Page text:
In our news wrap Thursday, more than 200 people in Guam are suing the U.S. territory’s Catholic diocese for sexual abuse dating back to the 1950s. The island’s former archbishop was convicted of sex abuse and cover-up in 2016 but remains a bishop. Also, more than 200 U.S. mayors are urging senators to return to Washington and pass gun safety legislation after mass shootings in El Paso and Dayton.
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The United Nations is sounding a dire new warning about how the way we use our land is increasing the effects of climate change.
A report out today from an international panel of more than 100 scientists found that the world's land and water resources are being exploited at — quote — "unprecedented rates." And it said large-scale farming, along with the global consumption of meat and dairy, are fueling climate change in a way that could result in a food crisis.
We will take a closer look at these findings after the news summary.
More than 200 former altar boys, students, and Boy Scouts in Guam are suing the U.S. territory's Catholic diocese for sexual abuse that dates back to the 1950s. The Associated Press reported they were assaulted by clergy, teachers, and Scout leaders linked to the church.
The island's former Archbishop Anthony Apuron is one of those named. The Vatican convicted him of sex abuse in 2016. But he still remains a bishop and still receives a stipend from the church.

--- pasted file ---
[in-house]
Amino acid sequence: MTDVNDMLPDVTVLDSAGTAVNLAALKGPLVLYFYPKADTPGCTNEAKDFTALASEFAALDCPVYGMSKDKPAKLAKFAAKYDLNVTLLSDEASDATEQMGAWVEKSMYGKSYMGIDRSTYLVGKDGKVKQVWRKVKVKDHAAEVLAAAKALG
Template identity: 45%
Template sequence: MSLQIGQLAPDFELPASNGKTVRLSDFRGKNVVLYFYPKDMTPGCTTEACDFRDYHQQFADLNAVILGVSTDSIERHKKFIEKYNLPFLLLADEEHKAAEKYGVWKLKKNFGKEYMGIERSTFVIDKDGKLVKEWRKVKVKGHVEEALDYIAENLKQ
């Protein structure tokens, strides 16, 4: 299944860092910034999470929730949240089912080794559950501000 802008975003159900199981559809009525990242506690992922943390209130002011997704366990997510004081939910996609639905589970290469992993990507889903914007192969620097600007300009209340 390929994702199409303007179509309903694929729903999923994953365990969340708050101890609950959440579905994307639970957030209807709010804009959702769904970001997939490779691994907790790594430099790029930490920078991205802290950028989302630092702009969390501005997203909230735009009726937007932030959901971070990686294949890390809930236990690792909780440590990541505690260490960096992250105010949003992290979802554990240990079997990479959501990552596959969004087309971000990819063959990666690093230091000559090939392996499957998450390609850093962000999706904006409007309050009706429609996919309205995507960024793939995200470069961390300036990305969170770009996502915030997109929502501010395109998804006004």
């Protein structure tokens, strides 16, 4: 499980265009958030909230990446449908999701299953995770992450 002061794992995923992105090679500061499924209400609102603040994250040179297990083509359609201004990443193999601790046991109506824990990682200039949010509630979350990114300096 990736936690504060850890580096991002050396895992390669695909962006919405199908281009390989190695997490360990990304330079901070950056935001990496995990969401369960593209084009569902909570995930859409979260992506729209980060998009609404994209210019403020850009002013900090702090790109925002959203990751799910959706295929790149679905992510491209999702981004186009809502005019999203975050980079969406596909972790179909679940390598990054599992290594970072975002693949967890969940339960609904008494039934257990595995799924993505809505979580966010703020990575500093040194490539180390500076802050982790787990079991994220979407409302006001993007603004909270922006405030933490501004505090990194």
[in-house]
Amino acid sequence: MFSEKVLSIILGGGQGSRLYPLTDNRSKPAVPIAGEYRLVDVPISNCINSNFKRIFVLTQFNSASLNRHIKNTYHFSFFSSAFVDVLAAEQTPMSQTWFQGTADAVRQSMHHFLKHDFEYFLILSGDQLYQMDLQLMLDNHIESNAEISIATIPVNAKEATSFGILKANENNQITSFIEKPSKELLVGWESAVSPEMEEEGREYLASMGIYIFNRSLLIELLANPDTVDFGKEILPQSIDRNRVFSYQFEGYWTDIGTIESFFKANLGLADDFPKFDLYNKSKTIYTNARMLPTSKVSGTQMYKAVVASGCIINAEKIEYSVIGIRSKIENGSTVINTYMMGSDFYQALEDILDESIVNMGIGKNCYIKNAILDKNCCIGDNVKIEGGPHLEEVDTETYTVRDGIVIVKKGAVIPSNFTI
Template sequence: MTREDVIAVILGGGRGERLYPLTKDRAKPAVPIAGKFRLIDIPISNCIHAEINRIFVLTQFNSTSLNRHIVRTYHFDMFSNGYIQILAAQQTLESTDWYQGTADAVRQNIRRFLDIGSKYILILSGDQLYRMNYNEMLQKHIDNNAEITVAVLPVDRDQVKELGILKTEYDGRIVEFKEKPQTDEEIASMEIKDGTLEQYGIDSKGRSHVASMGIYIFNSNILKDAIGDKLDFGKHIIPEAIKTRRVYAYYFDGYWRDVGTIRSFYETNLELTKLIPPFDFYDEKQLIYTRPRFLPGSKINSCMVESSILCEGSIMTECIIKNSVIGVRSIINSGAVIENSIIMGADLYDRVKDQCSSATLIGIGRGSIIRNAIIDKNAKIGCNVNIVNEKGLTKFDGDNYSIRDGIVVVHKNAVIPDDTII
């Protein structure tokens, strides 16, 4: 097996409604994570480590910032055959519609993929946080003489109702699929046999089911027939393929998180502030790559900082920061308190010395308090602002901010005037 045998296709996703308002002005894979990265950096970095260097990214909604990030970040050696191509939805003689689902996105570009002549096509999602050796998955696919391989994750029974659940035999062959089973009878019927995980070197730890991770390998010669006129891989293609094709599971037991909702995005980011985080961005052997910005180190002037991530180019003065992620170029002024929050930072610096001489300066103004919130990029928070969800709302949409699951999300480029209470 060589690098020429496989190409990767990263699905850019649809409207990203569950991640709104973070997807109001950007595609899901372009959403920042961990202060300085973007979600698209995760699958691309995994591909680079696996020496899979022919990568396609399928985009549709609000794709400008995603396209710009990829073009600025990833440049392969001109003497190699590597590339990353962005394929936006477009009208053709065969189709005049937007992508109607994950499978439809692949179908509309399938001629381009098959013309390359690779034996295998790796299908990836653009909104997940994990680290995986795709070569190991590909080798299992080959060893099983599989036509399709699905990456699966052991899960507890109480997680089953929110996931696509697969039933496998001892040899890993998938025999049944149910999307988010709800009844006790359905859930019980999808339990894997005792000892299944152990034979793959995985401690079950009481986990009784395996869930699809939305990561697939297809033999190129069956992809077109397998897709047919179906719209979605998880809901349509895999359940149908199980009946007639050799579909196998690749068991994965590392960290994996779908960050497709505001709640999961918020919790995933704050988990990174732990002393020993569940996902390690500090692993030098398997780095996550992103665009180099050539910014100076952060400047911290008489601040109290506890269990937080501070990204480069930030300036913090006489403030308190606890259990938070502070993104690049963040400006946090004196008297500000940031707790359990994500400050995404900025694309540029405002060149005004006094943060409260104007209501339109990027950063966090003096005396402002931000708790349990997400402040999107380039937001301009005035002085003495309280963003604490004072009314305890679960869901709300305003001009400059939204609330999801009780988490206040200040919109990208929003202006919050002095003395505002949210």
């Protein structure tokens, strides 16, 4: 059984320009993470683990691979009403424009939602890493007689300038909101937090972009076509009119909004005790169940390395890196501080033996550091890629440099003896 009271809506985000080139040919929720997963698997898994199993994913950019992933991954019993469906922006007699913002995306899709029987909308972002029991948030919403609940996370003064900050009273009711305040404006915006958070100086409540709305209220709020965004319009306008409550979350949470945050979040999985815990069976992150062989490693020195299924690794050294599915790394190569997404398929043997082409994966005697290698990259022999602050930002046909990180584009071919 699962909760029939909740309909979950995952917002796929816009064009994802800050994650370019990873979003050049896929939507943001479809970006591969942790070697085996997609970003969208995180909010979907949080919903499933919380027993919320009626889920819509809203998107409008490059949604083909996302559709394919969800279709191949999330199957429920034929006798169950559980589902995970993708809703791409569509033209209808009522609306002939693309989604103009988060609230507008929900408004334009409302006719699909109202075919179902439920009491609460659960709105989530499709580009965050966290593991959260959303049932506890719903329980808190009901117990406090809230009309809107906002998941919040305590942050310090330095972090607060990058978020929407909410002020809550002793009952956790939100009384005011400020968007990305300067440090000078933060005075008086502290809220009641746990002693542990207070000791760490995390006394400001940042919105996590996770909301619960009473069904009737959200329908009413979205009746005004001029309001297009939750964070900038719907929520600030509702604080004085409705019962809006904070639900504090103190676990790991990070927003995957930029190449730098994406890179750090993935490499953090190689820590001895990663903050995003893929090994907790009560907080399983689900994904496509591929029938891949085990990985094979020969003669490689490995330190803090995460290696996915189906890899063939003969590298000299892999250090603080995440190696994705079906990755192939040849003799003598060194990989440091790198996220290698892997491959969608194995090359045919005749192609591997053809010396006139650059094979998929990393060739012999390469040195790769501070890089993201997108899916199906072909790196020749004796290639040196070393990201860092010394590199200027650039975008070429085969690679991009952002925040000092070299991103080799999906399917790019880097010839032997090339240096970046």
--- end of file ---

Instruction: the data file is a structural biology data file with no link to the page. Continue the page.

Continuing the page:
In the wake of two deadly mass shootings, more than 200 U.S. mayors are urging senators to return to Washington and pass gun safety legislation. In a letter addressed to Senate leaders today, the mayors called for a vote on two bills that have passed the House that expand background checks for gun sales.
Among them was Mayor Nan Whaley of Dayton, Ohio, where nine people were shot dead this weekend. She spoke to reporters alongside Ohio Governor Mike DeWine.
My focus is getting something done around gun control, so this terrible tragic issue incident in Dayton may not have to happen in other places.
President Trump has said he supports background check legislation, but those words have yet to translate to action.
And Senate Majority Leader Mitch McConnell has resisted pressure to call senators back from their August recess, over concerns the bills won't have enough Republican support.
The State Department lashed out at China today for disclosing the photograph and personal information of a U.S. diplomat who met with leaders of Hong Kong's pro-democracy movement.
The state Department spokeswoman Morgan Ortagus insisted China's actions were — quote — "completely unacceptable."
I don't think that, that leaking an American diplomat's private information, pictures, names of their children, I don't think that that's a formal protest. That is what a thuggish regime would do. That's not how a responsible nation would behave.
Pro-democracy protesters have filled Hong Kong's streets for the last few months, demanding democratic reforms. Mainland China has criticized them. And Hong Kong police have arrested nearly 600.
The demonstrators plan to hold another major protest at Hong Kong's international airport this weekend.
Former FBI Deputy Director Andrew McCabe filed a lawsuit today against the bureau and the Justice Department over his firing. McCabe insisted his termination last year was in retaliation for his — quote — "refusal to pledge allegiance" to President Trump. He was fired after a Justice Department inspector general found he leaked information to the media, and then lied about it to investigators.
McCabe played a key role in the FBI's probe into Russian interference in the 2016 election.
And stocks rallied on Wall Street today, boosted by gains in the technology sector. The Dow Jones industrial average soared 371 points to close at 26378. The Nasdaq rose 176 points and the S&P 500 added 54.